We invite Alabama’s senior senator to take a good look, and an even better listen. The newly elected Tea Party candidates say they are conservatives, just as he proudly claims that ideology. However, there’s something different about this new crowd’s politics and Shelby’s politics.
The Republican wave of new faces washing into Congress is quite a sight. Like any political force in the ascendancy, these newcomers and their backers, both deep-pocketed contributors and GOP allies, have a big to-do list.
Or, in this instance, we might call it an undo-list. Americans frustrated over a dismal economy are generally easily motivated to punish the party in power. Congressional Democrats paid dearly for a high unemployment rate, diminished earning power of working Americans and lack of confidence that things will improve any time soon.
Oh, and it was more than that. Republicans smartly stoked up conservative voters against the things accomplished by President Barack Obama and his fellow Democrats in Congress. The economic stimulus that garnered only a handful of Republican votes was a point of contention. Opposition to health-care reform that will give more uninsured Americans coverage was a conservative rallying cry.
And this is where the undo list comes into play, as well as a dilemma for seasoned Republicans like Sen. Shelby.
Shelby is surely a conservative. In a visit last week with our editorial board, Shelby made his views clear. Tax increases are off the table, even raising the $100,000 ceiling on the Social Security withholding in order to bolster the program. He prefers a flat tax. He was famously a dissenting voice during the economic crisis of 2008 and 2009, preferring to let financial institutions and automakers fall rather than prop them up under a government bailout.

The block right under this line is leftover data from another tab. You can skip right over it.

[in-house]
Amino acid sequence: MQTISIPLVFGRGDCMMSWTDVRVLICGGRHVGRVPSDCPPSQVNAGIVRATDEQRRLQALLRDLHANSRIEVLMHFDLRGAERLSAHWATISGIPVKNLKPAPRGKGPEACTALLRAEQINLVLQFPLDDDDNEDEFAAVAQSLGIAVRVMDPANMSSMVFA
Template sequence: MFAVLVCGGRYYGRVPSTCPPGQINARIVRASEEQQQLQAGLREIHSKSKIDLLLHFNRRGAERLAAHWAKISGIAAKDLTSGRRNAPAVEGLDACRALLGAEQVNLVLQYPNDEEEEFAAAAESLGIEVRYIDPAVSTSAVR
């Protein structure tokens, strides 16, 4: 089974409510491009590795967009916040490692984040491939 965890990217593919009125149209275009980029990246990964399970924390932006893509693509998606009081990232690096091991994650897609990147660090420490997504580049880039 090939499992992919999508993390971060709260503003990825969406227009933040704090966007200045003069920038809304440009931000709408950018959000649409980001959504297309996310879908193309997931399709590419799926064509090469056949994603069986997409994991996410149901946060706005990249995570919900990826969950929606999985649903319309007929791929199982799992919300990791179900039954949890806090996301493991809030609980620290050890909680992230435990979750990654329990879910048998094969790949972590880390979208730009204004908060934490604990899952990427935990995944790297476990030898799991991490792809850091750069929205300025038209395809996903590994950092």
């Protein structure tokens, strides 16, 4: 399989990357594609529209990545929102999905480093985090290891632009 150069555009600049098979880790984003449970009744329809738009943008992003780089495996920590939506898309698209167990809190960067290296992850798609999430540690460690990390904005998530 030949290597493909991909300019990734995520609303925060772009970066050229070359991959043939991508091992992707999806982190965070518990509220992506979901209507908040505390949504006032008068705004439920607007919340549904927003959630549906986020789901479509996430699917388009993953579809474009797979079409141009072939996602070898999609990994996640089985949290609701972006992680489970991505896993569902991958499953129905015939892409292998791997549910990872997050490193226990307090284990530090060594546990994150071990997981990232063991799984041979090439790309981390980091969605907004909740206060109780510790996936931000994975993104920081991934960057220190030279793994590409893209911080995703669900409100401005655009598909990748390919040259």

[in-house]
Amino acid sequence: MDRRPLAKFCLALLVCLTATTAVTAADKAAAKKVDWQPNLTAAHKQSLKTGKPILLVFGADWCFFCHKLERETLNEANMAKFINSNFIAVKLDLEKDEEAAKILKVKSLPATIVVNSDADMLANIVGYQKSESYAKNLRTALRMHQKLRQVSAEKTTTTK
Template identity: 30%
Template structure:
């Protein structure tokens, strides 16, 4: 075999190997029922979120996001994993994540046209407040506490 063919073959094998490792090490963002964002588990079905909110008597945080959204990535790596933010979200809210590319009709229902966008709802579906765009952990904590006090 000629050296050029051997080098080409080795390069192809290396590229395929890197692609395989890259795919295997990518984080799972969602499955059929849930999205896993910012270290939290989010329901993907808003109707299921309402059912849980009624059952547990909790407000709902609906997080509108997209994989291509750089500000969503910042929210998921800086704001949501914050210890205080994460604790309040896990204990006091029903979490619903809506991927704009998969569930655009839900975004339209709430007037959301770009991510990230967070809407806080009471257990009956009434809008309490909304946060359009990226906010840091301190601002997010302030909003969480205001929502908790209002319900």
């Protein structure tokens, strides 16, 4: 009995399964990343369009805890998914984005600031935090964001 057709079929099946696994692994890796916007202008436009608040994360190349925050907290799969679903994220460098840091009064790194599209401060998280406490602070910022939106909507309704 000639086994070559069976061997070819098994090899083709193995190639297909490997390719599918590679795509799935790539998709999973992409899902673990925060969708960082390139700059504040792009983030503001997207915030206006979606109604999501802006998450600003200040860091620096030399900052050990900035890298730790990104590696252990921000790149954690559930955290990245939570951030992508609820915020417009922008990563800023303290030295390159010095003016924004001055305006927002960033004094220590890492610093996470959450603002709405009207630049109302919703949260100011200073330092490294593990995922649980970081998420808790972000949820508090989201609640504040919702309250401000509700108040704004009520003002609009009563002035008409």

The newcomers who helped the Republicans win a majority in the U.S. House and, as it appeared at press time, a narrower partisan gap in the Senate have sounded a more extreme tone, at least on the campaign trail. Many have questioned notions deeply rooted in the American conscience such as the constitutionality of Social Security, the appropriateness of the Civil Rights Act, the necessity of the Department of Education, the 17th Amendment’s right to directly elect U.S. senators and the general virtue that citizens need a government watchdog to protect the safety of their water, air, prescription drugs, food and other essentials.
That’s a small-government bridge too far for Shelby, who proudly told us of how much federal money he has secured for Alabama. He’s not alone; there are other big-government conservatives in Washington.
Something tells us Shelby and his like-minded Republicans are headed for a showdown with the ideologues swept into office by the Tea Party’s momentum.